Yesterday I published an article on the Times of Israel site on the burning of an Arab house by settler youth. As I said in the article, I was not planning to write that post. I was upset by how little play the story was getting– the lack of outrage, the concerns for our country and people, and furthermore, what actions like this meant. The reactions to this piece were interesting. I usually get only a few comments on my TOI posts, but this time the right wing was out in strength attacking the article, (which is fine, at least in terms of ratings.) It would also be fine if they were attacking the substance of the article, explaining that while what happened yesterday was a terrible thing, it's not a result of the occupation, just the outcome of poor education or maybe a rogue rabbi or two. Instead the responses were a series of justifications of the boys' actions, followed by a litany of why we are entitled to the land, why we are not occupiers. Some even went as far as to say "they understand the actions of the kids" who did it. I am still waiting for the long list of rabbis condeming the act...
This was a very sad exchange, in many ways, and leaves me depressed. I have no idea what the future holds; whether we can ever reach an agreement with the Palestinians. Sadly I fear there is a greater chance of reaching an agreement with them than with some of my co-countrymen.
Now to the article I wanted to write yesterday about the state of the negotiations over the Iranian nuclear program. We are in a real pickle without any good solutions. On one hand, we all know that there are only three solutions. 1) Iran gets the bomb, 2) there is negotiated solution, or 3) that the US (or we) bomb them. Option #1 is not an acceptable solution for us. Option #2 we do not trust the Iranians or the US negotiators. Option #3 we do not trust that if the moment comes President Obama will give the order to bomb.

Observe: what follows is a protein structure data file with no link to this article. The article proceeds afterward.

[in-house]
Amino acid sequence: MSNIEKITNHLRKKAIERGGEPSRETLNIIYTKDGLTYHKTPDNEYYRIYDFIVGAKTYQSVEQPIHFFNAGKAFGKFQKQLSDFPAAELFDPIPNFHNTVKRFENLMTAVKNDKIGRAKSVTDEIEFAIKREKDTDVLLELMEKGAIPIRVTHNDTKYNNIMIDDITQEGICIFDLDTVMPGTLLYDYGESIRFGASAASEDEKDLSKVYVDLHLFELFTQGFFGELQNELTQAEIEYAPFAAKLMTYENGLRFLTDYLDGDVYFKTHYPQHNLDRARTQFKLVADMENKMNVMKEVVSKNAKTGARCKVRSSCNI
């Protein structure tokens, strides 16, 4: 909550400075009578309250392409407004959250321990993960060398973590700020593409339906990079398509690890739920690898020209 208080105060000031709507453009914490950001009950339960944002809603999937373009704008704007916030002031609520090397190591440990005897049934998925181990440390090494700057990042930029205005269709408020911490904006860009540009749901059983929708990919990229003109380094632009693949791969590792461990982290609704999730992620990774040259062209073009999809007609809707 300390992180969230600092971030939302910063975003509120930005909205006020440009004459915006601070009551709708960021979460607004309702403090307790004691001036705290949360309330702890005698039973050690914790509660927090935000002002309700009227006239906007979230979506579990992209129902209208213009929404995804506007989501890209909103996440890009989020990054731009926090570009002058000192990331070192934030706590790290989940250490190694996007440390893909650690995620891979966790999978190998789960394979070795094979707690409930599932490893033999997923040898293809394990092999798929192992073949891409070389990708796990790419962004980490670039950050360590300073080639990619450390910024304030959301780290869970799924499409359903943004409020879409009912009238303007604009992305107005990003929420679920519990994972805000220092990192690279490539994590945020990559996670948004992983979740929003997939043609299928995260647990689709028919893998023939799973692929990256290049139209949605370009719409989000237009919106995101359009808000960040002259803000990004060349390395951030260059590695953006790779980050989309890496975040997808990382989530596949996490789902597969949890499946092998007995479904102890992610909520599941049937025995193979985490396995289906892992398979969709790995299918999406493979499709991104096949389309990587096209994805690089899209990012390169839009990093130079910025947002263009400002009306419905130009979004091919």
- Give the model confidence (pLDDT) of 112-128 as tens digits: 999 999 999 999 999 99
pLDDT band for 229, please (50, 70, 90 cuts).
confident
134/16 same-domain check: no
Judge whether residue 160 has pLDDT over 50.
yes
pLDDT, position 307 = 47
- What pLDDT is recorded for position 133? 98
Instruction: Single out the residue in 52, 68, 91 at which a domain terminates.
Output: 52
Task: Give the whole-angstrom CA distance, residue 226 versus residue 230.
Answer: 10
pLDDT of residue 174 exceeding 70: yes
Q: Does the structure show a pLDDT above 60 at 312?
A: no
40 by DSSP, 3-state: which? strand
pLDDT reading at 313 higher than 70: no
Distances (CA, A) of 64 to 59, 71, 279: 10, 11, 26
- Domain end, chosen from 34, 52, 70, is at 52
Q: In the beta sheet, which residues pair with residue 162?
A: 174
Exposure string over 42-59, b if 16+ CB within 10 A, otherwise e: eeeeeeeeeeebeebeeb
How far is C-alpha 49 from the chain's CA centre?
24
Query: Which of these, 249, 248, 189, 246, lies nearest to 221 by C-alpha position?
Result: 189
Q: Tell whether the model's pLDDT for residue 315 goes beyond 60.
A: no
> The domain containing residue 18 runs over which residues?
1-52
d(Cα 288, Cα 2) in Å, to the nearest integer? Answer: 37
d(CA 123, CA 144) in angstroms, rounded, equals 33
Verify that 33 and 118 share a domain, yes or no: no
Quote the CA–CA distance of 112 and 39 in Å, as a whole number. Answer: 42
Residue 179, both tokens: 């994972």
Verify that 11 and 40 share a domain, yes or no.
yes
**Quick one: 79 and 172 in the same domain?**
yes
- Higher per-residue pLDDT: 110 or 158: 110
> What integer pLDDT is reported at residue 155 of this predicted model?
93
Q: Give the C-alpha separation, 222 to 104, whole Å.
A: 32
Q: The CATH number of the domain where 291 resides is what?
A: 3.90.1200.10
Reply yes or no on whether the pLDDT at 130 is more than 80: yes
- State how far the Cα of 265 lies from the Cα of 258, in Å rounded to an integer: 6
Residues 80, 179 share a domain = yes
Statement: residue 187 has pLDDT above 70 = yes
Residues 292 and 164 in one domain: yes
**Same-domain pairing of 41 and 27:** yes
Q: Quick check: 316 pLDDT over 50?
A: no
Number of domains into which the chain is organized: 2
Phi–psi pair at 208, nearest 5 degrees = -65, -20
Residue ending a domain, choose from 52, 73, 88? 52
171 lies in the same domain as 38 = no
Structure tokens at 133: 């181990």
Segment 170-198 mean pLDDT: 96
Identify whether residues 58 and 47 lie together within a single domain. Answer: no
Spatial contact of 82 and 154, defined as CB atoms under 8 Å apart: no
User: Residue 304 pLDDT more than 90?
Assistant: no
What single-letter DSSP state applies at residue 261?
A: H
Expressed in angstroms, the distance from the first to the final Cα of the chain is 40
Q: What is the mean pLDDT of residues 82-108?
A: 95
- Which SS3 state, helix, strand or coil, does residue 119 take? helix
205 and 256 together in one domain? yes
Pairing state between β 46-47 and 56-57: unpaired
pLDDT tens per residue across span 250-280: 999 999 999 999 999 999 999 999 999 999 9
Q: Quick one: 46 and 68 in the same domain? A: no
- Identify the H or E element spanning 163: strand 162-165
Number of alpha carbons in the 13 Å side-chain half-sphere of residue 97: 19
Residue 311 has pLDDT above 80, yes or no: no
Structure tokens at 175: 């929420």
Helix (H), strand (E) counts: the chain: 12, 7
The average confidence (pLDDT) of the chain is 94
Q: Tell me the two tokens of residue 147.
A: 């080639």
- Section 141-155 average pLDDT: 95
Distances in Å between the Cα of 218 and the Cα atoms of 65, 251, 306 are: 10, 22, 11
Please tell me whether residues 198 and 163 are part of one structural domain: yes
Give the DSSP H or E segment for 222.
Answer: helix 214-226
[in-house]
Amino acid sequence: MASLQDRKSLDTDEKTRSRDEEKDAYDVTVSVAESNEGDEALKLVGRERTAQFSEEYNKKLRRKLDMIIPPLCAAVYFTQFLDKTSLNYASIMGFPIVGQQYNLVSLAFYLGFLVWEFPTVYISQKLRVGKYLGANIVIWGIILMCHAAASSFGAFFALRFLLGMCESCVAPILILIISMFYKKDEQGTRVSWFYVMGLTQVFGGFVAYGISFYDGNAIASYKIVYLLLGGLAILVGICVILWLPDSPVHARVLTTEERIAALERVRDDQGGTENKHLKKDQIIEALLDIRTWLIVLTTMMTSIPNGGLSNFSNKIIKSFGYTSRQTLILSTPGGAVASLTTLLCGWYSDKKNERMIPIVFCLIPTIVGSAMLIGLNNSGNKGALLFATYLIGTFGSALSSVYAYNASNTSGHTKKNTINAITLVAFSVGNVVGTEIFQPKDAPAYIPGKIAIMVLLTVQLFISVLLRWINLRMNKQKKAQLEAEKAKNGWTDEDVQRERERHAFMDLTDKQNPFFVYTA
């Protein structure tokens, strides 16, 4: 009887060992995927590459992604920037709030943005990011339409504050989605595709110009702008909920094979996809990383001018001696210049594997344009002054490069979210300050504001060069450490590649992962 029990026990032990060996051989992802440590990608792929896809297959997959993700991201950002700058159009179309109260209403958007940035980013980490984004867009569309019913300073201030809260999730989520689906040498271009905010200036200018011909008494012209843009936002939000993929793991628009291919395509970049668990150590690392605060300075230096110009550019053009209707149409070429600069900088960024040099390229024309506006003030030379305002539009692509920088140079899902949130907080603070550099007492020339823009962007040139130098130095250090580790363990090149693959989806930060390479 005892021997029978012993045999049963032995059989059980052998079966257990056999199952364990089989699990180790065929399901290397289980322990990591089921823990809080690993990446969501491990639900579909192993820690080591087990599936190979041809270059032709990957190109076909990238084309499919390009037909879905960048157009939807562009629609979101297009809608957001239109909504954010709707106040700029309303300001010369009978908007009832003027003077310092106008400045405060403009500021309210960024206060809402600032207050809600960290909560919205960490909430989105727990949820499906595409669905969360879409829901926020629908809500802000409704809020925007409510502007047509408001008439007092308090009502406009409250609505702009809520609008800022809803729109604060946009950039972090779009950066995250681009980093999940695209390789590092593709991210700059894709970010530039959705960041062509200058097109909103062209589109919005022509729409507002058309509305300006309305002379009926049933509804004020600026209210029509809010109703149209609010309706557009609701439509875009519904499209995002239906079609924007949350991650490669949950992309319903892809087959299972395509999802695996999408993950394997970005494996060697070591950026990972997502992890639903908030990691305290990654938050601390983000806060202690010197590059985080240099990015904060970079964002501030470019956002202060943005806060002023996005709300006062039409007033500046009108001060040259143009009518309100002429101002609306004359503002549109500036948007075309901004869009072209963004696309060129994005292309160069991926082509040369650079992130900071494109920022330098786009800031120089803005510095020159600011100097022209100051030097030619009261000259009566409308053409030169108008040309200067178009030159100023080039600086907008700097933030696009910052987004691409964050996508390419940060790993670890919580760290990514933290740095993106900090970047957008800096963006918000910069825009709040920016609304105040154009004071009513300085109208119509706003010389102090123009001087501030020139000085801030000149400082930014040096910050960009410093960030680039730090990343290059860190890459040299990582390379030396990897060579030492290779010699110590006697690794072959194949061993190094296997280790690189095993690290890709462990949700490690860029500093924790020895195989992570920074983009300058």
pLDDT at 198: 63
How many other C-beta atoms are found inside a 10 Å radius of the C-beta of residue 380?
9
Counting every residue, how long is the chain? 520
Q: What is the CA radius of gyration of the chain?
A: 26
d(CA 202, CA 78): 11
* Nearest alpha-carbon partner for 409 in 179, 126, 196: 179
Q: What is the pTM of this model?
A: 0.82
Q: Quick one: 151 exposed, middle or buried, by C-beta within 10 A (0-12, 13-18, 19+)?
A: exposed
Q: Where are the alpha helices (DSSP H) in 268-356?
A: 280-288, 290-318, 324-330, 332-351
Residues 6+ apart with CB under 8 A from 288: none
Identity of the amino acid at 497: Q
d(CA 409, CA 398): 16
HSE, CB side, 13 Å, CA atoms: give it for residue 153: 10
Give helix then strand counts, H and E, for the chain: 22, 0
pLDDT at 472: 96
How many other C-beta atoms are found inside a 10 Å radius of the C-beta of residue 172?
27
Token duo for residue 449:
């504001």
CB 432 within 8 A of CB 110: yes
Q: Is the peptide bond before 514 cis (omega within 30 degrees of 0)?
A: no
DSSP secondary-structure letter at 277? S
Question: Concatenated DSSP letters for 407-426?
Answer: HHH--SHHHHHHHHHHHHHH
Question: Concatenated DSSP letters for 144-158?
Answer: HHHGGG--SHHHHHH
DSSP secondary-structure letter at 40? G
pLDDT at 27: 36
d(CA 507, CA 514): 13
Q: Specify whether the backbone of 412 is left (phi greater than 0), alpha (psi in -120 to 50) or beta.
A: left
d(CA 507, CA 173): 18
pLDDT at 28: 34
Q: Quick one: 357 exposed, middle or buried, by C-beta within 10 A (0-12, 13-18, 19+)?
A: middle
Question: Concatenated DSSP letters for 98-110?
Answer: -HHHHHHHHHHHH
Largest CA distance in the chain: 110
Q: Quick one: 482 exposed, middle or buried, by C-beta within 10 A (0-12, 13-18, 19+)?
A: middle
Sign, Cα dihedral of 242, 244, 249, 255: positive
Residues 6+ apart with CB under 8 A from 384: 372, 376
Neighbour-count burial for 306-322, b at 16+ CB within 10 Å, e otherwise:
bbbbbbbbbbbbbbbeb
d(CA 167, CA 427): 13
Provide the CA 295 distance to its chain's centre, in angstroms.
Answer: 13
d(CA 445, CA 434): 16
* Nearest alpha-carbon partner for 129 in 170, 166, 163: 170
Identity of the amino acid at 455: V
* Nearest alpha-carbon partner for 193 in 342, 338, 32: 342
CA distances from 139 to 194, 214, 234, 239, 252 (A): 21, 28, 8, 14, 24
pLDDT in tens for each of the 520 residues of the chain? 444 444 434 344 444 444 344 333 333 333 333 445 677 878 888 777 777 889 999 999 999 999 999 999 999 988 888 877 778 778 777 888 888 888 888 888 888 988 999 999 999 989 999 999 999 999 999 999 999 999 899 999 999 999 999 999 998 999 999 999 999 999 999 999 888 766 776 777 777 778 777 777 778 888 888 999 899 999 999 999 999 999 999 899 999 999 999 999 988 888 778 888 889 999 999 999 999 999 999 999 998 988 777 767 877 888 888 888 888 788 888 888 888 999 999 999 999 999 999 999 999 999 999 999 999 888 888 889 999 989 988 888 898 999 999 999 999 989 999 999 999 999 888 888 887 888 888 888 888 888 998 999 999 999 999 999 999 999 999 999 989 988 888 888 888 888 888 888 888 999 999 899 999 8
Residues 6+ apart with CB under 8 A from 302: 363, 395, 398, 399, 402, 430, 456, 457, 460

Let's talk about the negotiations. It's almost a week after the parties stopped talking, and it is still not clear what issue caused the discussions to fall apart. From the Israeli point of view, anything that could be agreed to so quickly by the Iranians could not possibly be a good agreement. The government is right about that. Clearly what was being offered by the Iranians offered way too little. In addition, there is little trust here that the Obama administration will be able to do the right thing. I think we all believe President Obama means well. However, based on his actions in Syria, (and even on the health care web site), the sense is that the Obama administration has become "the gang who could not shoot straight". What does that mean for negotiations with Iran? Who can trust the gang that cannot shoot straight to get the better of a deal with the Iranians?
On the other hand, to get into such an out and out fight with a sitting US president is dangerous. We are walking a very difficult line. We must beware of modern day Munichs, but history can only teach us so much. It's ironic that while Obama and Netanyahu seem so different, they are rather alike. Both capable of excellent rhetoric, great speech-givers, seemingly soaring above day to day concerns. Unfortunately, both share the same weakness. They are both lousy administrators who have had a hard time translating their goals into successful action.
Unfortunately, it is in their sets of less than capable hands in which our fate lies.